Chicken Soup for the Soul
The Spirit of America: 101 Stories About What Makes Our Country Great
Compiled by Amy Newmark
Collection of 101 stories about the spirit of America and what makes our country great.
The Creation of the American Republic, 1776-1787
Gordon S. Wood
This classic work explains the evolution of American political thought from the Declaration of Independence to the ratification of the Constitution. In so doing, it greatly illuminates the origins of the present American political system.
The Declaration of Independence
A Study in the History of Political Ideas
Contains three lectures delivered at Stanford University in 1935, and represents Becker at his most brilliant and searching.
What America’s Founders Learned From the Greeks and Romans and How That Shaped Our Country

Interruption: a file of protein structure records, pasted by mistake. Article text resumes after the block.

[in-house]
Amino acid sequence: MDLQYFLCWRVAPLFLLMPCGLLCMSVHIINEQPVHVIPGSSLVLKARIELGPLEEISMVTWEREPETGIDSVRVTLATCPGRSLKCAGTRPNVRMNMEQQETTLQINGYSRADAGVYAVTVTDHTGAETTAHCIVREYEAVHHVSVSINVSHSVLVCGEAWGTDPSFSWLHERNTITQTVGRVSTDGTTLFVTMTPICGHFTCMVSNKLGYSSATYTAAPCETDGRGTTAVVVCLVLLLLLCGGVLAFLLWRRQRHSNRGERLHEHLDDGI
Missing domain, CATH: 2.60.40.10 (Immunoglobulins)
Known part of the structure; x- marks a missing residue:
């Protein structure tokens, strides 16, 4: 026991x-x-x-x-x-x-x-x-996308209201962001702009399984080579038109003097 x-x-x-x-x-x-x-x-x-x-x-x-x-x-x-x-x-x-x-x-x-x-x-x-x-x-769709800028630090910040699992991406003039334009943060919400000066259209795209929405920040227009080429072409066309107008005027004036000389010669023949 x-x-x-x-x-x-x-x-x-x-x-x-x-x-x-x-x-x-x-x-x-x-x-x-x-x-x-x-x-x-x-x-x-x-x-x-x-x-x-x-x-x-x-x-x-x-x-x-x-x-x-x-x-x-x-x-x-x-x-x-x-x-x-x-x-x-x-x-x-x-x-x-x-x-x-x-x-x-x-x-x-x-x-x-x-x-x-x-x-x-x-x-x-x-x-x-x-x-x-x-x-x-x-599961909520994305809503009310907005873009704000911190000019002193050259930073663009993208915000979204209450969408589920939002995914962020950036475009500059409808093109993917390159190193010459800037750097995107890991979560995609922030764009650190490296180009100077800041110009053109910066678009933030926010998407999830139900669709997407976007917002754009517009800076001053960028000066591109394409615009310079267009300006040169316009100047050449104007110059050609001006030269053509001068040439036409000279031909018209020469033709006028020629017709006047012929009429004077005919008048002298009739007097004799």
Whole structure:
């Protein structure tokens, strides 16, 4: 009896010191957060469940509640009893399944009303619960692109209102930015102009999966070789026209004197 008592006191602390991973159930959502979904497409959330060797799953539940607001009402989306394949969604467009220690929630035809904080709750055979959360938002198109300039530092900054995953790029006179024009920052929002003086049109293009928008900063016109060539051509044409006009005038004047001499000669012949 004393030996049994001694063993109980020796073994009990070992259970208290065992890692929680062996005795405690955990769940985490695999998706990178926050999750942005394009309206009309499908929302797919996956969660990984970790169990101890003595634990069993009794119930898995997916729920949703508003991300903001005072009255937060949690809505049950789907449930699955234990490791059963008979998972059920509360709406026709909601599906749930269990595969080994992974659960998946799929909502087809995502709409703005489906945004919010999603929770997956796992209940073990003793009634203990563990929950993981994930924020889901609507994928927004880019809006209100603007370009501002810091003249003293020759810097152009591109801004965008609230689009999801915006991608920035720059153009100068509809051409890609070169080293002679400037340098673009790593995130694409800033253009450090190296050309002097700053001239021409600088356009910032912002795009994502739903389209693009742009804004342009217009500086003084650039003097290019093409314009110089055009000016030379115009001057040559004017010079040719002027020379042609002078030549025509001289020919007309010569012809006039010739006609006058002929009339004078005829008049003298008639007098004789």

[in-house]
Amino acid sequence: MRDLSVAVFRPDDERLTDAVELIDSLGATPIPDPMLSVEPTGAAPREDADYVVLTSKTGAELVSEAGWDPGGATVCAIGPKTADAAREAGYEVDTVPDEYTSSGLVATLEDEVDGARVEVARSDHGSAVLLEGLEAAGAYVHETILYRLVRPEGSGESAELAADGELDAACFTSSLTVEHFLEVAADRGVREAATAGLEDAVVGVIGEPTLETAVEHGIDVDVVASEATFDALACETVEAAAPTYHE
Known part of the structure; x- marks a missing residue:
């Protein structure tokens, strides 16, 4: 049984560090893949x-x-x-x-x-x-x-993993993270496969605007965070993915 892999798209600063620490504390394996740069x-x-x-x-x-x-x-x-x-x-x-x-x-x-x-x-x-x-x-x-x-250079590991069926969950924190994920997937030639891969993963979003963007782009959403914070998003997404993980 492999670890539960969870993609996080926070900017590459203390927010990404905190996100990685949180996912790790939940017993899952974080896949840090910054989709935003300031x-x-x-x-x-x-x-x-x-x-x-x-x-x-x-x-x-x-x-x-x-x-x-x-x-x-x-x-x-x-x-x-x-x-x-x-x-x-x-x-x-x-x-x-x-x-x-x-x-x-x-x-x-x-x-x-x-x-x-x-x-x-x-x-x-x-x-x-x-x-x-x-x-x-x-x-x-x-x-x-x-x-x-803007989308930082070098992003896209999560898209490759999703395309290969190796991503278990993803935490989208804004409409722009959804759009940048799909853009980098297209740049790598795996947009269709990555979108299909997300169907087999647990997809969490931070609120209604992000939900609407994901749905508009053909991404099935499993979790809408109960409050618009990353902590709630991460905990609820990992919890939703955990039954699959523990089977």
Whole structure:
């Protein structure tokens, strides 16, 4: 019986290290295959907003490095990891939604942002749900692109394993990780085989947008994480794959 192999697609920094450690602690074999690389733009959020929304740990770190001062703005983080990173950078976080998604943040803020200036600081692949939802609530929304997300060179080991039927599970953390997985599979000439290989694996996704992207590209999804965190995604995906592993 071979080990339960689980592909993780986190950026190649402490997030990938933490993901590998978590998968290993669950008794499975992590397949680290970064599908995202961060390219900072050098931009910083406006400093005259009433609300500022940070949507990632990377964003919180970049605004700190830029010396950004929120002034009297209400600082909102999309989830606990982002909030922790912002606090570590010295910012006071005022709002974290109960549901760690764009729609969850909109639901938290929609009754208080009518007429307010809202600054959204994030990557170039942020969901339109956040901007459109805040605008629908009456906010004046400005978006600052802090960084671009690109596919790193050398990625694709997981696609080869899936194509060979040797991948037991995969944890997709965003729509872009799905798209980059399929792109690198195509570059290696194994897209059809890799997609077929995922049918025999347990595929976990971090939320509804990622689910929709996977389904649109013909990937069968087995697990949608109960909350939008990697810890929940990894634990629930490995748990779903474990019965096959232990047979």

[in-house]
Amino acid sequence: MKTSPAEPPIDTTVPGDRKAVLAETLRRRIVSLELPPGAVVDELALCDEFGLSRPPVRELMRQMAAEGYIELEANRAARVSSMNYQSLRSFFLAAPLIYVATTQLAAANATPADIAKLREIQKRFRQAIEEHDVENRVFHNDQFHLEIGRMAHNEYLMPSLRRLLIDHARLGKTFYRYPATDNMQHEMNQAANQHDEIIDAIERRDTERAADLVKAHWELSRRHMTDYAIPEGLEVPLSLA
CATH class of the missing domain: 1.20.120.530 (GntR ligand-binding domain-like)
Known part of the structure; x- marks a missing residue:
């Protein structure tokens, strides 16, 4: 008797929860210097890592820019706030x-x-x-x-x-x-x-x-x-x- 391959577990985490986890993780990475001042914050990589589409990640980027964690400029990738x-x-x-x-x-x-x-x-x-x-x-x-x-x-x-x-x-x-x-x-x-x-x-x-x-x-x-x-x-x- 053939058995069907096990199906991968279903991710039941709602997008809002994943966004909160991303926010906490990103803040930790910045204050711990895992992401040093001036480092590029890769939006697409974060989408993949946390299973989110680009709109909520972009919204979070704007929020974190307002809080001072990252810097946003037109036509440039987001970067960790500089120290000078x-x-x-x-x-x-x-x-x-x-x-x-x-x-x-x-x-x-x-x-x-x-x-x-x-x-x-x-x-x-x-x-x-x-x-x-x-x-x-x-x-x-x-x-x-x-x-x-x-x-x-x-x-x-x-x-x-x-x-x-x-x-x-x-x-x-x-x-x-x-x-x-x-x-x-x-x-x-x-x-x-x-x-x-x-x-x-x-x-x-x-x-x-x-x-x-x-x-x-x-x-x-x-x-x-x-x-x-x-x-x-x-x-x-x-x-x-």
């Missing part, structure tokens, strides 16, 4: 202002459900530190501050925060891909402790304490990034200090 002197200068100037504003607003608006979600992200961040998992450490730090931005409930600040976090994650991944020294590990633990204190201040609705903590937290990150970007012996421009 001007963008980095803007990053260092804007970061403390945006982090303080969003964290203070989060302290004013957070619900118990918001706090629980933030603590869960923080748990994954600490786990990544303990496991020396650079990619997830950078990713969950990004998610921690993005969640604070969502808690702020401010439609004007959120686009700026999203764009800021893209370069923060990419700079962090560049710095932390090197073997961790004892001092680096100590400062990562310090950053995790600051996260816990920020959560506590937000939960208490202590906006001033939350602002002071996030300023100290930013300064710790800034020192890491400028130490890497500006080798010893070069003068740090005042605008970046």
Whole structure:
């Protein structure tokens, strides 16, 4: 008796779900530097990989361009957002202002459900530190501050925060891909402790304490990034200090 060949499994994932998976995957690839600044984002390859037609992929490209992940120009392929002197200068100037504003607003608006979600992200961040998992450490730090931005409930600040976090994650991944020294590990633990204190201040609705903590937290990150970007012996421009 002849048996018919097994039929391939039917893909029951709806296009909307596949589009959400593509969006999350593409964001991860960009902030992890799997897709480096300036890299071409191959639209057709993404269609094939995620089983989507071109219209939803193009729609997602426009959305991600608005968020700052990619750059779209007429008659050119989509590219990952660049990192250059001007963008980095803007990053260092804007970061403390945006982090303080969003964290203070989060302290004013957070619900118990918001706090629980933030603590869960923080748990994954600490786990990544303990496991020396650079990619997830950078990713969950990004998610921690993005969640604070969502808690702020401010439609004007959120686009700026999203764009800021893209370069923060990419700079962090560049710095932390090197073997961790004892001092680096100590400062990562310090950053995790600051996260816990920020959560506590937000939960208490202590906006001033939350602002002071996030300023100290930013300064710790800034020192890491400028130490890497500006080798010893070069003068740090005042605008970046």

Thomas E. Ricks
Examines how the educations of America’s first four presidents, and in particular their scholarly devotion to ancient Greek and Roman classics, informed the beliefs and ideals that shaped the nation’s constitution and government.
The Women Who Raised Our Nation
An inspirational but personal look into the trials and tribulations of historical women who helped shape our nation into what it has become exhibits the many facets of their lives and how they supported some of the founders of our country, profiling such key figures as Abigail Adams, Eliza Pinkney, Dolley Payne Madison, Deborah Read Franklin, and Catherine Littlefield Greene.
Franklin & Washington
The Founding Partnership
Edward J. Larson
The Pulitzer Prize-winning historian and award-winning author of Summer for the Gods presents a dual biography of the two Founding Fathers to illuminate in fresh detail how their underexplored relationship forged the United States.
John Adams and Thomas Jefferson
Gordon S. Wood
A dual portrait of the second and third presidents shares insights into their disparate backgrounds, the partnership decisions that helped establish America’s foundation and the unexpected ways their subsequent falling out and reconciliation corrected the course of a young republic.
The Intimate Lives of the Founding Fathers